Kevin Sessums writes reviews and interviews for Towleroad. To mark World AIDS Day, Kevin interviewed actress and activist Judith Light, now starring in 'Lombardi' on Broadway, about that show, and her relationship with the LGBT ('queer') community, and AIDS activism.
Judith Light is currently starring on Broadway at the Circle in the Square Theatre in Lombardi as the legendary Green Bay Packers coach Vince Lombardi’s wife Marie. Her co-star in the title role is Lombardi look-alike Dan Lauria. Others in the cast are Keith Nobbs, as the neophyte journalist who has come to Green Bay to write a profile of the Lombardis for Look magazine, as well as Bill Dawes, Robert Christopher Riley, and Chris Sullivan as, respectively, Packers’ stars Paul Hornung, Dave Robinson, and Jim Taylor.
Light, who won two daytime Emmy Awards for Best Actress for her role in the soap opera One Life to Live and went on to star as the head of the household in the ABC sitcom Who’s the Boss among many other television appearances, is giving a performance in Lombardi that is lovely to behold. Though she has become known for the vast range of her work on television, she is a stage creature at heart. And there is so much heart in her performance of Marie Lombardi. There is not a false moment in her performance, a wasted gesture. With the kind of strategic aplomb that was indeed the secret to Vince Lombardi’s own success as a coach, she becomes this woman who yoked herself to her husband’s life in football and yet would not yield to him any field advantage in their married life. Fortified by cocktails and fur coats, she grappled with life in Green Bay. Light lets the audience see the sadness concealed beneath the woman’s fierce dignity as the town’s provincialism proves too much for her to bear even as she keeps that same sadness hidden from her husband. It is the true test of a great theatre actress to be able to accomplish such a layered emotional to-and-fro while keeping the equilibrium of a stage performance. And Light is giving one of the great stage performances of the last few Broadway seasons. Do not miss it.
In fact, on December 8th at 8 p.m. there is a “Boys Night at Lombardi” after which there will be a talkback with Light and then a reception to be held at the Ritz Bar and Lounge. Tickets are $65 - normally $115 - and further information can be found at lombardibroadway/boysnight.php.
Light and I talked a lot about the Lombardis and football and how she goes about building a character when I met with her at Circle in the Square before a Saturday matinee. But her true passion began to surface when our talk turned to her help in the fight for gay rights and the history of AIDS within the gay community and how the epidemic proved to be the community’s shining moment as well as its most tragic.
In fact, as inspiration, Light keeps a picture in her dressing room of man who was once her dearest friend, the writer and activist Paul Monette, who died of AIDS in 1995. His memoir Becoming a Man: Half a Life’s Story won the National Book Award for nonfiction in 1992, a kind of coming-of-age itself in the history of gay and lesbian literature. Another of his books, Borrowed Time: An AIDS Memoir, concerns his lover Roger Horwitz’s own diagnosis of AIDS and subsequent death. Both poetic and terrifying, it is one the most important early accounts of what gay life was like — the cruel day-in-and-day-out every dayness of it — during the epidemic.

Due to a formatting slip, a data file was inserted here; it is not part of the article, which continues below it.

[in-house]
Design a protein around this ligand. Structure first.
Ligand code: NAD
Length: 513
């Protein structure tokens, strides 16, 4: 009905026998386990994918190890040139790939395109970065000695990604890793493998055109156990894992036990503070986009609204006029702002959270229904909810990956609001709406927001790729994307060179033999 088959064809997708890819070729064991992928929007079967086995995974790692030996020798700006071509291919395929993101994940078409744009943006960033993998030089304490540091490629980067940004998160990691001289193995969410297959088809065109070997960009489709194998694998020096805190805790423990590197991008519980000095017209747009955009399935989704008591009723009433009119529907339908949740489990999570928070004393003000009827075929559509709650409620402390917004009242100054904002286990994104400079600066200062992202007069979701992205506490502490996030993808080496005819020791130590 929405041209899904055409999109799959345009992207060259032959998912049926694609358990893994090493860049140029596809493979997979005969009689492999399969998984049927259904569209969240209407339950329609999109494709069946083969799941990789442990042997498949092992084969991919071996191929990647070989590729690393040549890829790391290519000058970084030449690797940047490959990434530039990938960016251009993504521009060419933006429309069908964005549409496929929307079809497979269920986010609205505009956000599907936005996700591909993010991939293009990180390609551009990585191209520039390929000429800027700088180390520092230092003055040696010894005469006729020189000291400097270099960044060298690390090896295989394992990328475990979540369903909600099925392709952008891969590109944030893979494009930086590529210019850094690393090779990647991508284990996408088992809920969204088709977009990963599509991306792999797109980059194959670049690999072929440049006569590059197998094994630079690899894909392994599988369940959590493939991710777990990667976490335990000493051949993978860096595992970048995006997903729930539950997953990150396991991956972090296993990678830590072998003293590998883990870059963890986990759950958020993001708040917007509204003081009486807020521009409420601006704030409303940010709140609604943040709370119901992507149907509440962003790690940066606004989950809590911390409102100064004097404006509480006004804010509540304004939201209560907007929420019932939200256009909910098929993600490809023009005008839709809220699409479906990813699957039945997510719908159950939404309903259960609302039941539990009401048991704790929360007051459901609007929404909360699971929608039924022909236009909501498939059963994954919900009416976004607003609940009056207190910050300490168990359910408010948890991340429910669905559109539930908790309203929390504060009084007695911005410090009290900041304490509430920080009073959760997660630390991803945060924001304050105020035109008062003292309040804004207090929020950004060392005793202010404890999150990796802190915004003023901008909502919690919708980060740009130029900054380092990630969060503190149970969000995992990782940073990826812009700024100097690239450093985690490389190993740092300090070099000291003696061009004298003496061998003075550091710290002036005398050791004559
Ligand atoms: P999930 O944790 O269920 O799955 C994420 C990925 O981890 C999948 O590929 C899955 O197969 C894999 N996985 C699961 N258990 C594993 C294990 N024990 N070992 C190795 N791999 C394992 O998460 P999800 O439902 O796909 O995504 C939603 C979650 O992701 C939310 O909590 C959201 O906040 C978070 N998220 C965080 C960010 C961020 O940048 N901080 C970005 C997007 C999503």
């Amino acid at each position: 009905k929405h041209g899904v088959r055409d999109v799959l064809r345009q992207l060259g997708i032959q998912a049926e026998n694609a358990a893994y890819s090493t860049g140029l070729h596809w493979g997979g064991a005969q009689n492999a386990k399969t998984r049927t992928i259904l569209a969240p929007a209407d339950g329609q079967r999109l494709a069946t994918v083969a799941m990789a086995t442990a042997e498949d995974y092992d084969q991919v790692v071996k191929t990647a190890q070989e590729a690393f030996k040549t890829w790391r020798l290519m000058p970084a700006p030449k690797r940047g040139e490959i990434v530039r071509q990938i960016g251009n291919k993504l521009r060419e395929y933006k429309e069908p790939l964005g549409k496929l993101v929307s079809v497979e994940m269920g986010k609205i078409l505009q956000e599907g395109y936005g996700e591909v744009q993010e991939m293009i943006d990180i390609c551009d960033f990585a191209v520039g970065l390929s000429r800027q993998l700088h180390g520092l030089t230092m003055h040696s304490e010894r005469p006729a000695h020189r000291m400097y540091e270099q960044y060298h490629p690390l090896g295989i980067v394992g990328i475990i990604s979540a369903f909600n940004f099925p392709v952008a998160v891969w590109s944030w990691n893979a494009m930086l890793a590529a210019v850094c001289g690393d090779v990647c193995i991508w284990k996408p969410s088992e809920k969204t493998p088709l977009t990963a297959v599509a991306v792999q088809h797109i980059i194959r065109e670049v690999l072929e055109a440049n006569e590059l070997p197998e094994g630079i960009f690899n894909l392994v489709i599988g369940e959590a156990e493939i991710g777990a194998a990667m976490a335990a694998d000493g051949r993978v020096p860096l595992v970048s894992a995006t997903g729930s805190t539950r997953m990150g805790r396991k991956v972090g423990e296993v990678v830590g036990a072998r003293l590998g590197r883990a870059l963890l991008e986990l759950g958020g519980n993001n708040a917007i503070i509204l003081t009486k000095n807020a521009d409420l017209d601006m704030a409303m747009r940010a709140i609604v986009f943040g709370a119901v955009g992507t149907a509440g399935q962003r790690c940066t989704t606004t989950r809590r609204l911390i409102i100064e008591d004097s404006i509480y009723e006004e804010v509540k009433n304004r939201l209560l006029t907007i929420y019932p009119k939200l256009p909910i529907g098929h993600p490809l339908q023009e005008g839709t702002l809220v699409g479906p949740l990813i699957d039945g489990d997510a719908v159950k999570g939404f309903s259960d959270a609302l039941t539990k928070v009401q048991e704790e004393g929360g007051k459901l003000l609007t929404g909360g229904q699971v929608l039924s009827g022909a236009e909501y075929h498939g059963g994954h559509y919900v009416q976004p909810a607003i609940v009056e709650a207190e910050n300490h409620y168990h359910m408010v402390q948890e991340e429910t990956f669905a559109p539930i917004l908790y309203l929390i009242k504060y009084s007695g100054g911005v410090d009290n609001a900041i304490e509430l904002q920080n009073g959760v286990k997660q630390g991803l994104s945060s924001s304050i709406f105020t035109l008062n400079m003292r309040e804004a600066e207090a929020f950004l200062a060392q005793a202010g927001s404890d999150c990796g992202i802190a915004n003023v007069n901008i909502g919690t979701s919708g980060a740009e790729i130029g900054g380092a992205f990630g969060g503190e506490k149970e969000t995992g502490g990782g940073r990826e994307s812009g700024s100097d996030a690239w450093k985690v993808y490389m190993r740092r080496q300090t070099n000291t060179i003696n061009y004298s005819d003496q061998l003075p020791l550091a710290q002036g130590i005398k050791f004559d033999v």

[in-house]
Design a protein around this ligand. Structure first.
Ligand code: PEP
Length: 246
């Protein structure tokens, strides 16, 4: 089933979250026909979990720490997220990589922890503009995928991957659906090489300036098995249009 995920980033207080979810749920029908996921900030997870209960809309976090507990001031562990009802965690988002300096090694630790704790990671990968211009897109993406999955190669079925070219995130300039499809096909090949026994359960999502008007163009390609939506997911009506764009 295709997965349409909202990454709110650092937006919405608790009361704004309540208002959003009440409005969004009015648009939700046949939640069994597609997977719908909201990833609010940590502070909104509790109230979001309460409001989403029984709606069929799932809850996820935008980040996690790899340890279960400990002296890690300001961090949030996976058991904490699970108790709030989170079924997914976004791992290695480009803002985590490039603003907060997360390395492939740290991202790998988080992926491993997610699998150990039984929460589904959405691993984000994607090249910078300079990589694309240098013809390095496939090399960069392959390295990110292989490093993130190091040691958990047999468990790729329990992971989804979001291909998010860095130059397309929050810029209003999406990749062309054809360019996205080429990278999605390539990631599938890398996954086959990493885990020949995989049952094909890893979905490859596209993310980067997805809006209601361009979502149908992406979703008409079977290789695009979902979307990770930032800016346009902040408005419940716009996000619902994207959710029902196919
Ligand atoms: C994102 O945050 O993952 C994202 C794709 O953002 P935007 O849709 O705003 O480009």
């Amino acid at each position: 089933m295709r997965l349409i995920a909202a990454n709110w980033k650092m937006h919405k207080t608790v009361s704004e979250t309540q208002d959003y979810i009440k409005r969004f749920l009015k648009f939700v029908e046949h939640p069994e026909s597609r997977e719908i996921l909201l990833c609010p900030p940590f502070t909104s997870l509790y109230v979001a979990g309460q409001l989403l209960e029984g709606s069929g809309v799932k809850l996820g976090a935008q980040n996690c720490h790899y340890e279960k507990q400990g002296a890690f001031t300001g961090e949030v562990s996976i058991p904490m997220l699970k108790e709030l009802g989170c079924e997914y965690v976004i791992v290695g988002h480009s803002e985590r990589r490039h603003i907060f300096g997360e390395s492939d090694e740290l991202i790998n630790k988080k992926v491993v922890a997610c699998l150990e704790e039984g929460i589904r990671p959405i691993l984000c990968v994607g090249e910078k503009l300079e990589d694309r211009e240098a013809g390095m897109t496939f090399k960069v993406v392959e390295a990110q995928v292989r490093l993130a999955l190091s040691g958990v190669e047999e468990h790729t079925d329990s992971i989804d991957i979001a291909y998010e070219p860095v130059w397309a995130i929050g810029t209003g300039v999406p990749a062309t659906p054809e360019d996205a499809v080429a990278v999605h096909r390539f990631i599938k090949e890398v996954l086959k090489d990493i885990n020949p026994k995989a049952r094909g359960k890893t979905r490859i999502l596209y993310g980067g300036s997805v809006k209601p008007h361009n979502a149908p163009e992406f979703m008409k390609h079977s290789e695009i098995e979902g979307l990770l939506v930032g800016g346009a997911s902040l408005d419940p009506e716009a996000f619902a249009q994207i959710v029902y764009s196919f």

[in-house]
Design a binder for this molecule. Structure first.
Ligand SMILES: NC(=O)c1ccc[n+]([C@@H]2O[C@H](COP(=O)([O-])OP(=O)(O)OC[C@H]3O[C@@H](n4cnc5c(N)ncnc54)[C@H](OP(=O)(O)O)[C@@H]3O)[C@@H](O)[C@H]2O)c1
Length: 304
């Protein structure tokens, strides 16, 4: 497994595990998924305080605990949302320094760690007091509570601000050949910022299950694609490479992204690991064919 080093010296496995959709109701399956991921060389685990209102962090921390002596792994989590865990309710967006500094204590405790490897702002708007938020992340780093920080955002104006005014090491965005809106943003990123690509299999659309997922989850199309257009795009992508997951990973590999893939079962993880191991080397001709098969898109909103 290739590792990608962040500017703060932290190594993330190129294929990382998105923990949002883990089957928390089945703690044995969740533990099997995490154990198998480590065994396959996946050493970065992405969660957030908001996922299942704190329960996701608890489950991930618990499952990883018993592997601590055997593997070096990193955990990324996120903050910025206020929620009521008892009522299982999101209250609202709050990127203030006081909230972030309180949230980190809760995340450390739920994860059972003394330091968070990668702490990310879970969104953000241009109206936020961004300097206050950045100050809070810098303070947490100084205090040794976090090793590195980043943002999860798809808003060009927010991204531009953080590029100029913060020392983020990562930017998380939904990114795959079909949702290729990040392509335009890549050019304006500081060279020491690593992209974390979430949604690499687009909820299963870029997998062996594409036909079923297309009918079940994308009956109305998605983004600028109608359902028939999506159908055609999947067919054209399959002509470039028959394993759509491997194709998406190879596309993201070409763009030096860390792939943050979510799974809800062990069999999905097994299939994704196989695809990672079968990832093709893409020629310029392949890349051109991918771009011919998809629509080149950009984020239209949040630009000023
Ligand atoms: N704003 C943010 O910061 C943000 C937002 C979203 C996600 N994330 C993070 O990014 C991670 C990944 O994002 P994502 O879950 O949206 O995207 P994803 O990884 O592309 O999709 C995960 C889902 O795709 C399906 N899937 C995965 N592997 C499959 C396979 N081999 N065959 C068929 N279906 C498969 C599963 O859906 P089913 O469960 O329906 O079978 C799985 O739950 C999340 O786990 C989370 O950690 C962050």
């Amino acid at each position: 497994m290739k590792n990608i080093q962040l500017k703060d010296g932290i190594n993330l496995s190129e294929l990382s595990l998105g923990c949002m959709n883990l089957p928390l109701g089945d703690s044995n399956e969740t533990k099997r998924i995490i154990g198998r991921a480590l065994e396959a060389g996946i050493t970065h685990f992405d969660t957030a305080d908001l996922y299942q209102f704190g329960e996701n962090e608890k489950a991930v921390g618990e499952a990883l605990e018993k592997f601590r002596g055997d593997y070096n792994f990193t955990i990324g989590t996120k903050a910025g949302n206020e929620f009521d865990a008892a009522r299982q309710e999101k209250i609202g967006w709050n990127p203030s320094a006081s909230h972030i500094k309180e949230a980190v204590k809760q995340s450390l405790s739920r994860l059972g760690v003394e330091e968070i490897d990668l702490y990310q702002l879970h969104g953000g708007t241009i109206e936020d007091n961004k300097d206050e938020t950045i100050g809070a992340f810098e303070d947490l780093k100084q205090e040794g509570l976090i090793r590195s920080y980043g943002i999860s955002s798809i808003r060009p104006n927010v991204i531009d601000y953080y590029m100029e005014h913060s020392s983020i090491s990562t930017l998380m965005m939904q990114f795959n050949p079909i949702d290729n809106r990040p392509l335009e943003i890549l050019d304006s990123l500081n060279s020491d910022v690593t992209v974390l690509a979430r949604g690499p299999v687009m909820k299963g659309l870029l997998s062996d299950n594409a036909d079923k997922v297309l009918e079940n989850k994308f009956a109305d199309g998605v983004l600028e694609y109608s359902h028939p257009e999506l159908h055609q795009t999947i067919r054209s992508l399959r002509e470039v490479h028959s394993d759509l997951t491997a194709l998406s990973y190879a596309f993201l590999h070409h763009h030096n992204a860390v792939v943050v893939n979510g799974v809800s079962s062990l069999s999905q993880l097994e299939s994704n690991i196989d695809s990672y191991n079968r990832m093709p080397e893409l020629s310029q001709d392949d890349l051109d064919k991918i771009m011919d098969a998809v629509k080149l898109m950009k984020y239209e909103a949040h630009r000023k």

On this World AIDS Day in 2010 I am haunted by the words of Monette from his essay, “3275,” which was included in his collection Last Watch of the Night: Essays Too Personal and Otherwise. “3275” referred to the number of Horwitz’s gravesite and was where Monette himself would soon be buried beside him. The last words of that essay were a call to arms:
“We queers of Revelation Hill, tucking our skirts about us so as not to touch our Mormon neighbors, died of the greed of power, because we were expendable. If you mean to visit any of us, it had better be to make you strong to fight that power. Take your languor and easy tears somewhere else. Above all, don’t pretty us up. Tell yourself: None of this had to happen. And then go make it stop with whatever breath you have left. Grief is a sword, or it is nothing.”
In honor of Monette — and in his memory — here is an excerpt from my conversation with Judith Light, whose own fierce dignity does not hide her sadness as Marie Lombardi’s did, but — as a tribute to her departed friend — encompasses it so it can be transcended.
KEVIN SESSUMS: There was a staunch maternalism to Marie Lombardi. She had it for her own children. For her husband’s players. For her husband himself. You’ve never had children. Is finding that kind of maternalism difficult for you or is it just part of an actress’s work?
JUDITH LIGHT: It’s not just an actress’s work. I feel in my body incredibly maternal. But it was literally an act of choice that my husband and I made not to have children. And we said, at the time, that we thought it would be incredibly selfish of us to do that because of the nature of our work and primarily neither of us had the passion to do that. Yet there is a tapestry of mothering that is written in this part that I find comes very naturally to me. I have played many mothers in the past and they are all very different women because they have such different relationships with their children.